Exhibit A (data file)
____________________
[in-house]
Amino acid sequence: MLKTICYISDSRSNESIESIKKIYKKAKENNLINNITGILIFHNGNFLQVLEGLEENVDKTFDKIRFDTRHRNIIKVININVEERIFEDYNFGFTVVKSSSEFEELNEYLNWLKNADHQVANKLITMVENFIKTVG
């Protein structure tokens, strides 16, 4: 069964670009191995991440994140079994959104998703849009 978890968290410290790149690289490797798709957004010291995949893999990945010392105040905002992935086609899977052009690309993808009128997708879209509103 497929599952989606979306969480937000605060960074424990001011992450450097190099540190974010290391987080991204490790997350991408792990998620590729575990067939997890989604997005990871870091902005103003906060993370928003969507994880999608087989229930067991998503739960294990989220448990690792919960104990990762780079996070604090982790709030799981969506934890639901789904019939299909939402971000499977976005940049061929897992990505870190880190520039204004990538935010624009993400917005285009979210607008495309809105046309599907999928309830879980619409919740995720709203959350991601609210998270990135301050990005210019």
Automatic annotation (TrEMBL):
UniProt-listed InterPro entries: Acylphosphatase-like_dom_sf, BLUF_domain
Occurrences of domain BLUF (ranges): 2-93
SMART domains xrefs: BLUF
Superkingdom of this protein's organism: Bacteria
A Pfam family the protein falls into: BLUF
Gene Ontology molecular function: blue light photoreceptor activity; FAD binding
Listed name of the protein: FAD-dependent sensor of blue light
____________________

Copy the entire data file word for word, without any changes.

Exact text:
[in-house]
Amino acid sequence: MLKTICYISDSRSNESIESIKKIYKKAKENNLINNITGILIFHNGNFLQVLEGLEENVDKTFDKIRFDTRHRNIIKVININVEERIFEDYNFGFTVVKSSSEFEELNEYLNWLKNADHQVANKLITMVENFIKTVG
């Protein structure tokens, strides 16, 4: 069964670009191995991440994140079994959104998703849009 978890968290410290790149690289490797798709957004010291995949893999990945010392105040905002992935086609899977052009690309993808009128997708879209509103 497929599952989606979306969480937000605060960074424990001011992450450097190099540190974010290391987080991204490790997350991408792990998620590729575990067939997890989604997005990871870091902005103003906060993370928003969507994880999608087989229930067991998503739960294990989220448990690792919960104990990762780079996070604090982790709030799981969506934890639901789904019939299909939402971000499977976005940049061929897992990505870190880190520039204004990538935010624009993400917005285009979210607008495309809105046309599907999928309830879980619409919740995720709203959350991601609210998270990135301050990005210019």
Automatic annotation (TrEMBL):
UniProt-listed InterPro entries: Acylphosphatase-like_dom_sf, BLUF_domain
Occurrences of domain BLUF (ranges): 2-93
SMART domains xrefs: BLUF
Superkingdom of this protein's organism: Bacteria
A Pfam family the protein falls into: BLUF
Gene Ontology molecular function: blue light photoreceptor activity; FAD binding
Listed name of the protein: FAD-dependent sensor of blue light